Amcu claims victory, sombre mine bosses count the costs

Association of Mineworkers and Construction Union (Amcu) members in the platinum sector are expected to return to work on Wednesday after their historic five-month strike.

Amcu and the platinum producers signed an agreement to end the strike on Tuesday at Lonmin’s offices in Melrose Arch, Johannesburg.

Union shop steward at Impala Platinum, Abram Seaketso, said everyone was excited that they were going back to work.

On January 23, Amcu members at Lonmin, Impala Platinum, and Anglo American Platinum downed tools, demanding a monthly basic salary of R12 500.

“Clearly there are no winners in this strike,” Lonmin chief executive Ben Magara told the media which gathered outside the company offices on Tuesday afternoon.  

But Amcu appeared to feel differently as, just minutes later they danced and sang into their press briefing to discuss the details of the freshly signed three-year wage settlement between the two parties which has brought an end to a five month-long strike in South Africa’s platinum sector. 

Magara – flanked by the chief executives of Anglo American Platinum and Impala Platinum with equally sombre expressions on their faces – said the signing of the agreement signified the beginning of rebuilding the businesses which had been adversely affected by labour protests since January 23 this year.  

“This is only the first step,” Magara said. “It is not necessarily a time for celebration. Clearly there are no winners in this strike.” 

Asked whether Amcu had won, the jubilant union president Joseph Mathunjwa responded: “NUM [National Union of Mineworkers] concluded [previously] a two-year agreement for R400 each year. Amcu have concluded a three-year agreement with R1 000 each year. You can draw the conclusion,” he said emphatically. 

The wage deal will see “a significant number” of Amcu members reaching the R12 500 basic wage by the end of the three years and basic wage will be no less than R8 000. Some workers will receive an increase of up to 20%. “We believe this is a dignified settlement,” Mathunjwa said.  

Advocate Dali Mpofu, who sat alongside Amcu leadership at the press briefing, said “the real winners here are the workers,” and commended Amcu on their leadership through very difficult times. “Other unions will have something to learn from you,” he said.  

Asked about whether the companies would now restructure, Mathunjwa said that retrenchment has its own processes but that the union had received no notices. “The focus should be on this wage agreement,” he told media.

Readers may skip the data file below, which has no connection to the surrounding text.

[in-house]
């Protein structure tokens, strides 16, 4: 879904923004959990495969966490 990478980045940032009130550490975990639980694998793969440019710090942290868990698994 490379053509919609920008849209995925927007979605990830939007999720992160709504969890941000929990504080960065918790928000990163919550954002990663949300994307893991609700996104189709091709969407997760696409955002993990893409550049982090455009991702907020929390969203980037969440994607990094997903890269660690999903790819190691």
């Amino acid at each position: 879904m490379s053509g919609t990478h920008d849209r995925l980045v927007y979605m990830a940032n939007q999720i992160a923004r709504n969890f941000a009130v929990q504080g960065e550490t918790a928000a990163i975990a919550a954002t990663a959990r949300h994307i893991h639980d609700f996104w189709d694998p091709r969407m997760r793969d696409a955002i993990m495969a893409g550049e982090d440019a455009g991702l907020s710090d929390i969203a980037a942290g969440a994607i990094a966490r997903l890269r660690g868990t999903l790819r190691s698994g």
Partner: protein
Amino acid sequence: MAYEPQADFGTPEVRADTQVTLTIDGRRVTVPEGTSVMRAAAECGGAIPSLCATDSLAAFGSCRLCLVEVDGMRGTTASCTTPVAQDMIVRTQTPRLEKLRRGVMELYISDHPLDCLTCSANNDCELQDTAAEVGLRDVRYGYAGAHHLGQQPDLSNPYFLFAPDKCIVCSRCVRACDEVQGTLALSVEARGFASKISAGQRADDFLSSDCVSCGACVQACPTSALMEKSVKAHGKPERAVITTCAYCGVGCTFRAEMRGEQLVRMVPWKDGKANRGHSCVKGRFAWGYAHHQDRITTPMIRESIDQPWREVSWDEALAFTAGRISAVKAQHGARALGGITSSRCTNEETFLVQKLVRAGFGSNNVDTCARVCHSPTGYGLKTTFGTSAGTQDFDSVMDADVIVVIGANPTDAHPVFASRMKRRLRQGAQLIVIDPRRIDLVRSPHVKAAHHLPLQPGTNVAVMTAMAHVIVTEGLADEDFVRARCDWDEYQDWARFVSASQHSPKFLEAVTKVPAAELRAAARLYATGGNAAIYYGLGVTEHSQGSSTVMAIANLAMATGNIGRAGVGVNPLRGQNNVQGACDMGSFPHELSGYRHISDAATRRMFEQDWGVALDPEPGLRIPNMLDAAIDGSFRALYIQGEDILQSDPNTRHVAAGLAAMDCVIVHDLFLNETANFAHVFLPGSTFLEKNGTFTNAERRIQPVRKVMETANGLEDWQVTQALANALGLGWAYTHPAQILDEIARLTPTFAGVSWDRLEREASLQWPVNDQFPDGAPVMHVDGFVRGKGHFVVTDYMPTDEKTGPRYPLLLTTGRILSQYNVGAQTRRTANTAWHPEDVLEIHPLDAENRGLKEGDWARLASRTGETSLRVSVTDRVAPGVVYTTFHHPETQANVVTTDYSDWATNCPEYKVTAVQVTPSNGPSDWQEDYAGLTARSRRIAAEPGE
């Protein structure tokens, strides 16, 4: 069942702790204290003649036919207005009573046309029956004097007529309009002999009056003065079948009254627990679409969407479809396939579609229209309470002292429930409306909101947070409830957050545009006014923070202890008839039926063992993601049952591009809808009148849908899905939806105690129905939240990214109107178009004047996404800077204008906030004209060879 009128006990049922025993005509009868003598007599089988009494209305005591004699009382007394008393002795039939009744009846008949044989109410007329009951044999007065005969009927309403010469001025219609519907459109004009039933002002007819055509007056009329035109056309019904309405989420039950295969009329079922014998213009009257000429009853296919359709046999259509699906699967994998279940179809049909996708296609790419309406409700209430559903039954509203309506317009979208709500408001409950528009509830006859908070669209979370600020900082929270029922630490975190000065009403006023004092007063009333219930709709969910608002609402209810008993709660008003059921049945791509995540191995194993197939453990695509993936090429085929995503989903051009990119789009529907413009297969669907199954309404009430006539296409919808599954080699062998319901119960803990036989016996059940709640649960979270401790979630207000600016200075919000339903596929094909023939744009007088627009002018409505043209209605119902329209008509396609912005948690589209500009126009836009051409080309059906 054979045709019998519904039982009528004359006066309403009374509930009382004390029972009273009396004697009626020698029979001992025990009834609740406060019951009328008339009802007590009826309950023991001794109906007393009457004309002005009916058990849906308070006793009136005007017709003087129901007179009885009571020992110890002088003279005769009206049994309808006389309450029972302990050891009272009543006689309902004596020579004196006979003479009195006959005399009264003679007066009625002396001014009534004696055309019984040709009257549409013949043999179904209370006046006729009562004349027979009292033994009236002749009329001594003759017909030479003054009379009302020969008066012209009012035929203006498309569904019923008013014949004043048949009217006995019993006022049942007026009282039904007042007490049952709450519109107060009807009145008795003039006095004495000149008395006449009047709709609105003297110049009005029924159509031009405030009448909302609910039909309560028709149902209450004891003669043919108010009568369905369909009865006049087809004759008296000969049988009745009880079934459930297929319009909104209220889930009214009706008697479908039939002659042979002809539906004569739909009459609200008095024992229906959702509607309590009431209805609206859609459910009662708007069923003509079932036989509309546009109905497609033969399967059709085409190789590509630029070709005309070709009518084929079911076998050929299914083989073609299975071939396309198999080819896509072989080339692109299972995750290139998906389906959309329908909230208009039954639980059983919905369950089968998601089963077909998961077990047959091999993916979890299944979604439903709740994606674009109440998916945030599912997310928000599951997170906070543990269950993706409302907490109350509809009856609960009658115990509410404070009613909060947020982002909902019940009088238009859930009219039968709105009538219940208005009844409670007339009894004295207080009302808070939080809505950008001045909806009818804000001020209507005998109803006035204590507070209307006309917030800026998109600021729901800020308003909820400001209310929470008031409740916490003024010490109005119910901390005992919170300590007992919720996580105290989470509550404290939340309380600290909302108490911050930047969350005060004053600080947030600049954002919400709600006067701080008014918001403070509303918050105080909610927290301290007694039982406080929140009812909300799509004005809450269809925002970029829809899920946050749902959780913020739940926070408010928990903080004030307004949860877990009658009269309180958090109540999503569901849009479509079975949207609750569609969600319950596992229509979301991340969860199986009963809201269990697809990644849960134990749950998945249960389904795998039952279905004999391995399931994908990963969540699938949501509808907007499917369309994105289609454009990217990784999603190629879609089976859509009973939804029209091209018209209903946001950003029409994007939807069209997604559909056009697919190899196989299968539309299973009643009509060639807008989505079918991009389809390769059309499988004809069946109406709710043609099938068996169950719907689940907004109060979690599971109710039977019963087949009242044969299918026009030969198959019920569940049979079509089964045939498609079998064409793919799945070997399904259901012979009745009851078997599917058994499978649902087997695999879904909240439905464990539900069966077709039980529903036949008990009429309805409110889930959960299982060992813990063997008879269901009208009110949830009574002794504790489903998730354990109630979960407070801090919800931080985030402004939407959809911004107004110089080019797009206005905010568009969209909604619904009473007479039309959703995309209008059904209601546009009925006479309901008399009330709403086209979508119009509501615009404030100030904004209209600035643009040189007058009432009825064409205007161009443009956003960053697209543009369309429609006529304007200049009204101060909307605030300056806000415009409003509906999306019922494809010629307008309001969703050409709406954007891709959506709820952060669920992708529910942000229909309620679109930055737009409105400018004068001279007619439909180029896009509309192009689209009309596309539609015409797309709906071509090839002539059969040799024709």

According to the companies, as detailed in their official statement, the wage agreement provides for: 

  • An annual wage increase of R1 000 per month for employees whose basic wage is less than R12 500 a month for the first two years of the agreements. At Lonmin the same increase will apply in the third year, whereas in the other two companies the increase in the third year will be R950 a month.  
  • Employees currently earning R12 500 a month or more, or whose basic rate reaches that amount during the course of the agreement, will receive an 8% increase for the first year of the agreement and 7.5% thereafter in respect of Amplats and Implats and 8% increase for the first year and 7.5% for the next two years in respect of Lonmin. 
  • The living-out allowance will remain at its current level at Impala. At Lonmin the living out allowance will increase in the first year and remain the same for the next two years. At Amplats the living out allowance will increase by 6% in the first year, and remain constant thereafter.  
  • Fringe benefits and allowances normally based on basic pay will generally, during the course of these agreements, increase by amounts linked to the inflation rate.  
  • All employees will receive, within one week of their return to work, the back pay due to them from their 2013 increase date until January 22 2014, the day prior to the start of the strike. 

The signing of the deal took two hours as media flocked outside Lonmin’s Melrose Arch offices waiting for the parties to appear. The delay was as a result of minor discussion points and changes said spokesperson for the companies, Charmane Russell. “These things happen,” she said.  

Magara and the other executives did not take questions as they had run behind schedule, but Magara, on behalf of all three platinum companies, thanked those who had been involved in the negotiation processes and the loyal workers who had suffered as a result of the strike.  

The companies said the priority was now to bring the employees back to work and begin the process of issuing medical certificates and assessing underground environments in order to begin restocking pipeline and ramping up to full production.  

Magara said the companies would provide financial planning assistance to help those dealing with high levels of indebtedness. He said there was still work to be done to improve the living conditions of mineworkers: “Basic salary alone is not going to do that.” 

Mathunjwa said the strike, although protracted, was necessary, and the union leadership was encouraged and motivated by the resilience of their members. 

The Amcu president said this wage offer was the first to address structural difference and “in our view this is a victory for all workers in South Africa”. 

He said that the struggle for higher minimum wage existed at other mines and in other sectors where the union would be happy to recruit and represent as long as it remained within their constitutional right to do so. – Additional reporting by Sapa

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